Imagine it’s 1920 and you’ve been given $20 to buy groceries. With that same $20, you’d be able to buy only $1.04 worth of groceries today.
It used to cost just 25 cents to stamp a letter and mail it to your pen-pal in 1988. Today, it’ll cost you 55 cents. If you’re curious, here’s a fun historical chart of the price of stamps, dating back to 1863 when a stamp was just 3 cents.
Since 1958, inflation has historically averaged 2.5% to 3.7%.
To put that into perspective, let’s assume that the average inflation will be about the average 2.5%moving forward and your current income is $50,000 today.
In the year 2030 (ten years from now), your income is really worth $39,060. In other words, to earn the same $50,000 as you are today ten years from now, you will actually need to earn $64,004.
In the year 2040 (twenty years from now), your $50,000 today is worth $30,513. By 2040, your income needs to be $81,931 if you want to keep up with the cost of living.
Inflation is an increase in the cost of goods and services over time, resulting in a decrease of your purchasing power. In other words, the dollar you have in your pocket today will be worth less tomorrow.
Hence, we encourage clients to find jobs that keep pace with inflation, ask for a raise, and/or get bonuses. At our financial workshops, we always encourage attendees to ask for a raise or move to a different job that can pay more. It’s not so easy to do, but for every year you delay getting a raise, you are losing 2.5% of your income.
Moreover, not only does your income need to keep pace with inflation, but so do the assets you accumulate over your lifetime.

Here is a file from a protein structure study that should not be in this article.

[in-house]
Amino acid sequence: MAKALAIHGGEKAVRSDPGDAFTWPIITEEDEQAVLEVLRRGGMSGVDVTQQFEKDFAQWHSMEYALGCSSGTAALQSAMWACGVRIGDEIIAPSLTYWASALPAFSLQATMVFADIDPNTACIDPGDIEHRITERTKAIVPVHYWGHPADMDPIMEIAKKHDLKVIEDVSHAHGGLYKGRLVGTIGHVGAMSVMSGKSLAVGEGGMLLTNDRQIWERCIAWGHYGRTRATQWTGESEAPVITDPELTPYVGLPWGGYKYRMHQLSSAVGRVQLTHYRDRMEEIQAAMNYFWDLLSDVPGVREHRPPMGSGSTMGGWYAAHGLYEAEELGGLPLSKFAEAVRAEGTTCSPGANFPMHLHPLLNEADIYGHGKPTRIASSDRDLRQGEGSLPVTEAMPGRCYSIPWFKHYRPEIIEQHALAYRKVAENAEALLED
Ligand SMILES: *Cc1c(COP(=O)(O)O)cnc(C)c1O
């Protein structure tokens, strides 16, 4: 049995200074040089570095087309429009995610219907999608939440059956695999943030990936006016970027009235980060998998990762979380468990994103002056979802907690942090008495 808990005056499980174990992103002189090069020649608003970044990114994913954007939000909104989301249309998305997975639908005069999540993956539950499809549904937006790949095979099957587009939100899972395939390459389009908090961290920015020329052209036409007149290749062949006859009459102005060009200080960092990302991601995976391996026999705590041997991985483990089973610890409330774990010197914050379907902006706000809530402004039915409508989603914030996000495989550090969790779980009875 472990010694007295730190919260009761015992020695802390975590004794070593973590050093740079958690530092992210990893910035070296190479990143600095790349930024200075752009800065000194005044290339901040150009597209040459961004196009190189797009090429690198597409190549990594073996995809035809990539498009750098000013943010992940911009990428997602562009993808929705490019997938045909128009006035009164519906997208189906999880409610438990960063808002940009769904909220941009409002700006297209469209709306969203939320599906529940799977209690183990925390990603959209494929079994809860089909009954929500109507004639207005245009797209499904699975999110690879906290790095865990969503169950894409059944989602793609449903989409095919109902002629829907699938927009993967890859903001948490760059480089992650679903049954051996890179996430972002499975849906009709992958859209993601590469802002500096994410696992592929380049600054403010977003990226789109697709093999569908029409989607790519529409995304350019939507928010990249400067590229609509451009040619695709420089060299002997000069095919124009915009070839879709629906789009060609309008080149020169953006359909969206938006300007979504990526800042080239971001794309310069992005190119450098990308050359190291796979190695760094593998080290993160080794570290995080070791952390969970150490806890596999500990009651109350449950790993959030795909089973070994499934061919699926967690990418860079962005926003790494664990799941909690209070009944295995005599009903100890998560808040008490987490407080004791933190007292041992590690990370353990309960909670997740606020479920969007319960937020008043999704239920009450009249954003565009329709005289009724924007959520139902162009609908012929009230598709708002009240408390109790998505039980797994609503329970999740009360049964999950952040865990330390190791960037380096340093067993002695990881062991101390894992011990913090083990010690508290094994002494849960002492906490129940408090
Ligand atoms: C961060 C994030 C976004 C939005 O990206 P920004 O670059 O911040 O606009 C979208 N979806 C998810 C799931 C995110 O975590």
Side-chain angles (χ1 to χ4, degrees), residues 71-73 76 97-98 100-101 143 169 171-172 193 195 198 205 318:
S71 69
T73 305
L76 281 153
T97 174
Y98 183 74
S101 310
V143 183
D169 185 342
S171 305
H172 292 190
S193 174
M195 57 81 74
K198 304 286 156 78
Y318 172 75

Think your cash in that savings account is risk free? If your assets are all held in cash, inflation is working against you every day, slowly chipping away at its value.
Inflation is that “invisible” risk that most don’t think about. That is the risk of NOT investing.
It’s important to invest a portion – not all – of your money for the long-term with the goal of getting a return that’s at least at pace with inflation or better. Your total portfolio should be diverse, spread over different asset classes and types of investments. That may include real estate, bonds, cash, cash equivalents such as CDs, stocks, commodities, collectibles, and anything else that has the potential to increase in value or provide a return in the form of dividends and interest.
Yes, investing has its own set of risks. But so does not asking for higher pay and keeping all your money in cash.
When it comes to practical applications for understanding inflation, your annual pay and expenses are one of the most important to consider. Assuming the economy continues to grow, we will continue to see the effects of inflation year after year. Inflation means an increase (however modest) in the cost of the goods and services you pay for. So if your income is not seeing a modest increase year after year to at least keep pace with inflation, you either need to consider a job change or take that into account when reevaluating your monthly budget and the types of investments you own.
The most important thing is to be aware of inflation and how it affects your financial bottom line long term.
THE BOTTOM LINE:
Inflation is unavoidable. It’s the basics of economics that you have to take into serious consideration, especially when it comes to your pay and personal investments, but having awareness of what it means and how it affects your financial bottom line is the key to making sure it doesn’t sneak up on you over time.